Carpal tunnel syndrome (CTS) is the most common compression neuropathy, yet the cause of the compression is in most cases idiopathic. The most common clinical finding associated with the nerve compression is non-inflammatory fibrosis of the subsynovial connective tissue (SSCT) which surrounds the flexor tendons in the carpal canal. The normal SSCT has a multi-layer gliding mechanism, reminiscent of a series of sleeves around the tendon, with each successive sleeve being connected to its neighbors with fine collagenous fibers. We have conducted a series of experiments which have outlined the pathology, kinematics and material properties of the SSCT in normal individuals and in individuals with CTS, and have identified specific features within the SSCT of individuals with CTS that suggest that injury to the SSCT may play a role in the etiology of CTS. Specifically, we have identified evidence of a shearing injury of the SSCT, with fibrosis, and obliteration o! f the gliding, sleeve-like mechanism, being greatest close to the tendon, and with a tendency of greater degrees of fibrosis being observed in more severe cases of CTS. This fibrosis may be associated with tethering of the SSCT to the underlying tendon, which may increase the work of finger movement in patients with CTS, and impair differential finger movement. Based on these observations, we propose a vicious cycle of SSCT injury and repair as a working hypothesis of the etiology of CTS, and have developed a rabbit model to test this hypothesis in vivo.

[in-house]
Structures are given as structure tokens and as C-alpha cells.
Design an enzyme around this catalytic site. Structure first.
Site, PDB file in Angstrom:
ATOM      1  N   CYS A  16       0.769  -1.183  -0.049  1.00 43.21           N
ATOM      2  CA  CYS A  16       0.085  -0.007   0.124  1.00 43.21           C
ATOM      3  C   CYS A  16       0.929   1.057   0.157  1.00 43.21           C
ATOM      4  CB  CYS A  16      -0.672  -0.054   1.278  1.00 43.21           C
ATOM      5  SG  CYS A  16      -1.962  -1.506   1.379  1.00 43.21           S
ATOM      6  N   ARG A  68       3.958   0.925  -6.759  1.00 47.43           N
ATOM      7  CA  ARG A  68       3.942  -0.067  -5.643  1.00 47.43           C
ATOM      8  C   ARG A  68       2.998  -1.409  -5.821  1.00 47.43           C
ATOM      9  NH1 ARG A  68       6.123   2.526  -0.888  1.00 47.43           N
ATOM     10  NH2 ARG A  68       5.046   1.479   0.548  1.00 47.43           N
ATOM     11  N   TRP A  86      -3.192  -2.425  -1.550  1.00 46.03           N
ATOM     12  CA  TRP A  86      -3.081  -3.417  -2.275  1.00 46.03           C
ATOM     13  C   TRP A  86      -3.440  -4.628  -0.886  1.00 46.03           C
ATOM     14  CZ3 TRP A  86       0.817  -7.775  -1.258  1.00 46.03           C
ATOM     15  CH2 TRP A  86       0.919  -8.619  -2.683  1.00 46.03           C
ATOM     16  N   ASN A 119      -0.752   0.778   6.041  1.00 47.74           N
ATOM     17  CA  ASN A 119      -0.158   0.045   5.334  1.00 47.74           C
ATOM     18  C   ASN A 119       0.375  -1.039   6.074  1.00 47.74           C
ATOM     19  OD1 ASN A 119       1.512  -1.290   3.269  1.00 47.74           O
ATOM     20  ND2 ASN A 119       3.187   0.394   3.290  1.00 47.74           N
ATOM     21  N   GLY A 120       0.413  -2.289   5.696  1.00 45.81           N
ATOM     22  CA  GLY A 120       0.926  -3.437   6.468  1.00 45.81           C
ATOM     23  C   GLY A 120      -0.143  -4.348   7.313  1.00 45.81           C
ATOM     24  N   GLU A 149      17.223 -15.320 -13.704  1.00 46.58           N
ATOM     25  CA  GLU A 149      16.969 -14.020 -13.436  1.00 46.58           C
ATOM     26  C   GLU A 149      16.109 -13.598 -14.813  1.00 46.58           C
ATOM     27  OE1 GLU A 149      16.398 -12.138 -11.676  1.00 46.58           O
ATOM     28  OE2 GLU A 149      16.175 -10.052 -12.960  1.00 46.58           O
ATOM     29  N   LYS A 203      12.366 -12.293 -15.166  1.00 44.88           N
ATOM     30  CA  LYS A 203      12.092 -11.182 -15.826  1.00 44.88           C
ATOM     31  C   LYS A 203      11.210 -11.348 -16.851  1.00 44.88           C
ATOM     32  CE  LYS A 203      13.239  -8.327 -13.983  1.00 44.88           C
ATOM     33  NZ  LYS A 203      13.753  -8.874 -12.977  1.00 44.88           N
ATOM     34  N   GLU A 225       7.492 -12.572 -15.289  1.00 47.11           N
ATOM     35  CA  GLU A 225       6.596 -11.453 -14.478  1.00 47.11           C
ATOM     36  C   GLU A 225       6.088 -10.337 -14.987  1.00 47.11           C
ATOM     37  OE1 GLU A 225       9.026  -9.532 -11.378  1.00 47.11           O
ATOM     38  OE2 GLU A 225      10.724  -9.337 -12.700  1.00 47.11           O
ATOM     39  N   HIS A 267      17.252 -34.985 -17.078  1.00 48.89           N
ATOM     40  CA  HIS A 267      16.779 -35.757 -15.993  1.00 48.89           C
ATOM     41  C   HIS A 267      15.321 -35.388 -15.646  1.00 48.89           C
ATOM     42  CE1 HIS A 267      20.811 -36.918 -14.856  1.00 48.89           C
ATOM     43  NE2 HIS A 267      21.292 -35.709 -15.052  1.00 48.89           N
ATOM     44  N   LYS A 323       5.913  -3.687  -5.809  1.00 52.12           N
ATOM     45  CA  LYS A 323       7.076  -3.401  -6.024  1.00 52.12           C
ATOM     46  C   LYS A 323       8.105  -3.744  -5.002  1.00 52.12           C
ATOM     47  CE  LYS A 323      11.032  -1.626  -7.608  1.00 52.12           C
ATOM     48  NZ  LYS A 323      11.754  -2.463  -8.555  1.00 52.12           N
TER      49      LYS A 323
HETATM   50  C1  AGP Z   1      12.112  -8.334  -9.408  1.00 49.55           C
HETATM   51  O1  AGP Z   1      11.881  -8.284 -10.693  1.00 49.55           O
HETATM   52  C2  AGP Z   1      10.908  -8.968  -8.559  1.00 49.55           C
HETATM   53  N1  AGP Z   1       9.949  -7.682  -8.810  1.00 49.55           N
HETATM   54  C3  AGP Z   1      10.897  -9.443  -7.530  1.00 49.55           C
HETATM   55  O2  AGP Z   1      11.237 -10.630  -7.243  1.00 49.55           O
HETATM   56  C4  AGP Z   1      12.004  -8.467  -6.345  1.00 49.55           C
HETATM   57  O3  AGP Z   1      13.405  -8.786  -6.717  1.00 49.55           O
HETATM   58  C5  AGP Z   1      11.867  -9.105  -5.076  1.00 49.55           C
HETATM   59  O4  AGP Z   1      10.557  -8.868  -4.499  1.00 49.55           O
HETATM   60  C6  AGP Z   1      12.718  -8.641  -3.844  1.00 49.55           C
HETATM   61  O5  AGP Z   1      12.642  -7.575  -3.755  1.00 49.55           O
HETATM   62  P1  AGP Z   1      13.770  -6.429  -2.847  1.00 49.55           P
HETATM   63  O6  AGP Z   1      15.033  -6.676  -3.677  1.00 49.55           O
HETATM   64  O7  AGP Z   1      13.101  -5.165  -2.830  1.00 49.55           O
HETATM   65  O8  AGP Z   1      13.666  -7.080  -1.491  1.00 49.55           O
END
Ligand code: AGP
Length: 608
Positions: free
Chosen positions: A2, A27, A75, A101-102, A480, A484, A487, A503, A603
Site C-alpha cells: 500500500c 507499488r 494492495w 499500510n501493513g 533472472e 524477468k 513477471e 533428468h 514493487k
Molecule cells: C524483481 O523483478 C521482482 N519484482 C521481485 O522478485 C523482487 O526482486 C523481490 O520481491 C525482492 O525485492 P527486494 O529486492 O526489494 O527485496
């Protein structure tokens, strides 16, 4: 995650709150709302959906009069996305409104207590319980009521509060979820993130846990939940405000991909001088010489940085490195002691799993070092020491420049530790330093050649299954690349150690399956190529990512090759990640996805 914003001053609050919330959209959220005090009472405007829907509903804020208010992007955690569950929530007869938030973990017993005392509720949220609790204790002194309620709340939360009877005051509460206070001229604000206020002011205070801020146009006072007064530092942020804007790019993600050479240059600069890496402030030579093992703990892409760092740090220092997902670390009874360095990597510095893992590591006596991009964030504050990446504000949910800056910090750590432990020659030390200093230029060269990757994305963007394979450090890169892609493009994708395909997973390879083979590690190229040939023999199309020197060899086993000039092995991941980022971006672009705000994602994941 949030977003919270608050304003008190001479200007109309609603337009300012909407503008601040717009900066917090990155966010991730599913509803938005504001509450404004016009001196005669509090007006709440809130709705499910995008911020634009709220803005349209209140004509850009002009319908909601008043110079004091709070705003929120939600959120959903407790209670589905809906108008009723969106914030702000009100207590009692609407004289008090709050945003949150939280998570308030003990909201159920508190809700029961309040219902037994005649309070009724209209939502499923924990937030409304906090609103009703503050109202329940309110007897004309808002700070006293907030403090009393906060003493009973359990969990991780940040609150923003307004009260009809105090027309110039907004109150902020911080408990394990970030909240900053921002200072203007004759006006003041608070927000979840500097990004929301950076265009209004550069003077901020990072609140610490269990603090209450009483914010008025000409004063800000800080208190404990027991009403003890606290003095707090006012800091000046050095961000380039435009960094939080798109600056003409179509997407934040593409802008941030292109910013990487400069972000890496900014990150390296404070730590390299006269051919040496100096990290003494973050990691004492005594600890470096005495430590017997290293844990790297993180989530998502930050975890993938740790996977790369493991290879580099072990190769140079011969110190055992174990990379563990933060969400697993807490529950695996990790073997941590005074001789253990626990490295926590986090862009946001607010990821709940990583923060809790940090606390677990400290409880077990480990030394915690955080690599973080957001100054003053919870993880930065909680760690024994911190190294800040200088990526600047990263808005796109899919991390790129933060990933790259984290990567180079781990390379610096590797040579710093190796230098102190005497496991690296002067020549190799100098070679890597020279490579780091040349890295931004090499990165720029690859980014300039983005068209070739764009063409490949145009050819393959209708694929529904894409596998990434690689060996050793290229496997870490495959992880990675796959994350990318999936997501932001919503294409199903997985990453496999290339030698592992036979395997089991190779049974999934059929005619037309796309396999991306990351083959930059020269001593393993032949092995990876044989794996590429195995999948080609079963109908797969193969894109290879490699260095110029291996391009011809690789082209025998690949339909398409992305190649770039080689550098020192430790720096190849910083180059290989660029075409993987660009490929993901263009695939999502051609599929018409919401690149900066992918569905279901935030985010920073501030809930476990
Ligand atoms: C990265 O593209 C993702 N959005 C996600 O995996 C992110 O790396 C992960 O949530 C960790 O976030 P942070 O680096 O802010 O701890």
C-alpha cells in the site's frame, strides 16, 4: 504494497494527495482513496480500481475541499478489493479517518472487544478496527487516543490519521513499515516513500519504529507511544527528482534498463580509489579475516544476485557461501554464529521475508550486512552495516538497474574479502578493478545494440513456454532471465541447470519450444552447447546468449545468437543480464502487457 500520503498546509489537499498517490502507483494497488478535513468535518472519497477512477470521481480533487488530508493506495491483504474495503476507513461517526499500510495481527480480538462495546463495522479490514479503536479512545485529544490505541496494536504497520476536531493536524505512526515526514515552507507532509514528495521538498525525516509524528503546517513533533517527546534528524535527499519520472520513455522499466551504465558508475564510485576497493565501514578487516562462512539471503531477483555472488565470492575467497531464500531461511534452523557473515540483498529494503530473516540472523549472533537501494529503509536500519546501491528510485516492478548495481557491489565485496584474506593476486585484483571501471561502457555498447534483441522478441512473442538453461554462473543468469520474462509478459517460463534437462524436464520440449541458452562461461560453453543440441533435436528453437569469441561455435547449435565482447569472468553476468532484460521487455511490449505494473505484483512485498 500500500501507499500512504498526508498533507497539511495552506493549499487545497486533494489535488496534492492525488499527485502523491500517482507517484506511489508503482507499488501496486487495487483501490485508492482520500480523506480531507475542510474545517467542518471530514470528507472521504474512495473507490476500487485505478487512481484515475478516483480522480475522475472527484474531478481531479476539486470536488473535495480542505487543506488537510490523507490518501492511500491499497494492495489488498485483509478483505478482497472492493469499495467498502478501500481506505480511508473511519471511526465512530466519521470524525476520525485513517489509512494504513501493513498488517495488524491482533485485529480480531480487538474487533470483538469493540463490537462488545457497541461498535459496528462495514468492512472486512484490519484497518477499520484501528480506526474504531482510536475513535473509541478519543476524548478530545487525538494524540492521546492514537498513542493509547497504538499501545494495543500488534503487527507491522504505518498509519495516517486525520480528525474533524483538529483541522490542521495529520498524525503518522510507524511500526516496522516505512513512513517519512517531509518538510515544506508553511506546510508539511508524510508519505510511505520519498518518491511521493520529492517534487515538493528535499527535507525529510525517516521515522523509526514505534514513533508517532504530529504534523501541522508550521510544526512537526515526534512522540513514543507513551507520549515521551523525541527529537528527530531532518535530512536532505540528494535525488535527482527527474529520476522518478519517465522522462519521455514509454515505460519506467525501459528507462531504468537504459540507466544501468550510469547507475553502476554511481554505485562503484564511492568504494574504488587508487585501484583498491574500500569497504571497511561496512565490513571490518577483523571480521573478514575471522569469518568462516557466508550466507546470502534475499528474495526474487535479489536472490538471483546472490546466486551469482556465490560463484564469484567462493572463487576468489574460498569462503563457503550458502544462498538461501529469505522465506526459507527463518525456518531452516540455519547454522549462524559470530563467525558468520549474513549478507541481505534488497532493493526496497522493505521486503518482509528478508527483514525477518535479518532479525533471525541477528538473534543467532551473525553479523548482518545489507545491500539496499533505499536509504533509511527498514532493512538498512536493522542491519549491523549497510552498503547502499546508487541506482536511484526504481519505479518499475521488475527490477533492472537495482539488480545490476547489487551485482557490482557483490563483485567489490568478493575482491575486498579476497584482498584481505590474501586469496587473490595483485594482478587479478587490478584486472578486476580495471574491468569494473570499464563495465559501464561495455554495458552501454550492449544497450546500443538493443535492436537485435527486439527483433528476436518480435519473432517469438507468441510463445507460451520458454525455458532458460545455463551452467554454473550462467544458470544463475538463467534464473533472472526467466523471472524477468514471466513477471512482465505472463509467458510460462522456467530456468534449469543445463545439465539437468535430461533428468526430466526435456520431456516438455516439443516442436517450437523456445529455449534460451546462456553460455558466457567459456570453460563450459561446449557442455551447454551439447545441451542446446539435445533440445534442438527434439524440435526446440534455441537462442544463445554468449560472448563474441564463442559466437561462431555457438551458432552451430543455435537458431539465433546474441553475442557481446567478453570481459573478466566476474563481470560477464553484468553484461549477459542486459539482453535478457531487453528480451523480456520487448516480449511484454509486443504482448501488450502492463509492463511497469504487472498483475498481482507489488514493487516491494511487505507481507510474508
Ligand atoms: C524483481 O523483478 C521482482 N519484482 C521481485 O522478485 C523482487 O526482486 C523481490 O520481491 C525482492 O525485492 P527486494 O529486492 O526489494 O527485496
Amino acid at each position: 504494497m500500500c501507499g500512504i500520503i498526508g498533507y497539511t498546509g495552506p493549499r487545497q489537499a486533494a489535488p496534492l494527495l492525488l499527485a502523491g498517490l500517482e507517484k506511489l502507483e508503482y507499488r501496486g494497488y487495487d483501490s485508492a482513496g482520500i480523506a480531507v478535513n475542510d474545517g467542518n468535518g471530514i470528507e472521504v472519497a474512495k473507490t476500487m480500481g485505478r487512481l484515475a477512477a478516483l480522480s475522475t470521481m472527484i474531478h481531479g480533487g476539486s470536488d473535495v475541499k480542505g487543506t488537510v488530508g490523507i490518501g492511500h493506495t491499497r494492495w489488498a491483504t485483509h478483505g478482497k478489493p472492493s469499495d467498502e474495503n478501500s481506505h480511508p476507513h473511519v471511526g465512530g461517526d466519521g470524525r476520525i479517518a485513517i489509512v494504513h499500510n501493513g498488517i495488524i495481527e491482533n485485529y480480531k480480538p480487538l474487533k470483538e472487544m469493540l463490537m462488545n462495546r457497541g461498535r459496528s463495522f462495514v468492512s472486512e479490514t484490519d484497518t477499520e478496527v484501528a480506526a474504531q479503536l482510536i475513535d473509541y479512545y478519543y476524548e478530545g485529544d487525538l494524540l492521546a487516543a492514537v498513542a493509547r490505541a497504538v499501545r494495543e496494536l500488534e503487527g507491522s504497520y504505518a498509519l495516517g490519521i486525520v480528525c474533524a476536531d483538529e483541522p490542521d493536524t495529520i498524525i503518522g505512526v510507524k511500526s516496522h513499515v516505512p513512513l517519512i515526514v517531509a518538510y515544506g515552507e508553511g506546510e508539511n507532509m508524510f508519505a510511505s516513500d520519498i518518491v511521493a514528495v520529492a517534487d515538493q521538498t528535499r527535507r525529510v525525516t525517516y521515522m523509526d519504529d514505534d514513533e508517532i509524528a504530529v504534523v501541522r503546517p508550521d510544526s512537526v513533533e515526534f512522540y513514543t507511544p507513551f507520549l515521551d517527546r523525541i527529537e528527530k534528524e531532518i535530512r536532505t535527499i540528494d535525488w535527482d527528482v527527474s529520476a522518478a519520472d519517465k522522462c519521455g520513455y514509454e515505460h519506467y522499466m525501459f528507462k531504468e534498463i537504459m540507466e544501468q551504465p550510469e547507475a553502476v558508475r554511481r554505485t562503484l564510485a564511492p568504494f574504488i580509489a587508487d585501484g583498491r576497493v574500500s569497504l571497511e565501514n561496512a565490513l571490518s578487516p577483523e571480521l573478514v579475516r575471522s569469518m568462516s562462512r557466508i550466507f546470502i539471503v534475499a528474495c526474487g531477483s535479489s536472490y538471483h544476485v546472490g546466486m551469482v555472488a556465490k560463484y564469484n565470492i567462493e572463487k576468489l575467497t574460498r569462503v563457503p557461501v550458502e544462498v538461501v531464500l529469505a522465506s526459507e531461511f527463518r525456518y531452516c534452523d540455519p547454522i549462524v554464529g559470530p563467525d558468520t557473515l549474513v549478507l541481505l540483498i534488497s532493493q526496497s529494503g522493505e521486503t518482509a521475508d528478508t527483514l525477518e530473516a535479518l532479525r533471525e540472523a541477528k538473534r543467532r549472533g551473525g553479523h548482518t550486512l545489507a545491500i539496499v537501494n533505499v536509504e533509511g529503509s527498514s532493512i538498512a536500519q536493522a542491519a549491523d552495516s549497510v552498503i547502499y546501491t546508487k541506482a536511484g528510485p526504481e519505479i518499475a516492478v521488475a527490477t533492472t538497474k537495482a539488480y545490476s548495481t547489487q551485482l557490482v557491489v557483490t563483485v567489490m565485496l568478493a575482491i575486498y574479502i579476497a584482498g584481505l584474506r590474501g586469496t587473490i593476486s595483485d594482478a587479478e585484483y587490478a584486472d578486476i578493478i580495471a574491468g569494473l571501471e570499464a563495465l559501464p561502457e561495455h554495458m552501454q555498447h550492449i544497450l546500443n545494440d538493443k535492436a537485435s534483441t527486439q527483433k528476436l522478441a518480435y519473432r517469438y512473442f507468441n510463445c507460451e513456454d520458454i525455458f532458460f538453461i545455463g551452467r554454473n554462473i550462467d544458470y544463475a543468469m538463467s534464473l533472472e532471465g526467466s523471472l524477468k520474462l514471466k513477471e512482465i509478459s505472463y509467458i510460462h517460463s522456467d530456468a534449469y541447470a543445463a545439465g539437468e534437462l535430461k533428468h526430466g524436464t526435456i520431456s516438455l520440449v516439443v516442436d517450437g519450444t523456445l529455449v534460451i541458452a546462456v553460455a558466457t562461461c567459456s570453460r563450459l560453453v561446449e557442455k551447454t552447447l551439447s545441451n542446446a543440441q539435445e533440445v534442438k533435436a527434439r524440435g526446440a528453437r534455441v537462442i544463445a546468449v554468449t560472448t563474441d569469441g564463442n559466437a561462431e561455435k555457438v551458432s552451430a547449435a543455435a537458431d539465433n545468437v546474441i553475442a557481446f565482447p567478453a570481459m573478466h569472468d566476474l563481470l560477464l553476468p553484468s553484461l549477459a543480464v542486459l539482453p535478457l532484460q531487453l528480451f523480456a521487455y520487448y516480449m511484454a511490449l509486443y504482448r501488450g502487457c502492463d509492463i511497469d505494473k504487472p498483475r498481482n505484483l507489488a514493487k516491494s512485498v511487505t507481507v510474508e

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Hovius, Prof. Dr. S.E.R. (promotor), Mayo Foundation, NIH (NIAMS AR 49823)
S.E.R. Hovius (Steven)
Erasmus University Rotterdam
Erasmus MC: University Medical Center Rotterdam

Ettema, A. M. (2007, February 7). Carpal Tunnel Syndrome: The Role of the Subsynovial Connective Issue. Retrieved from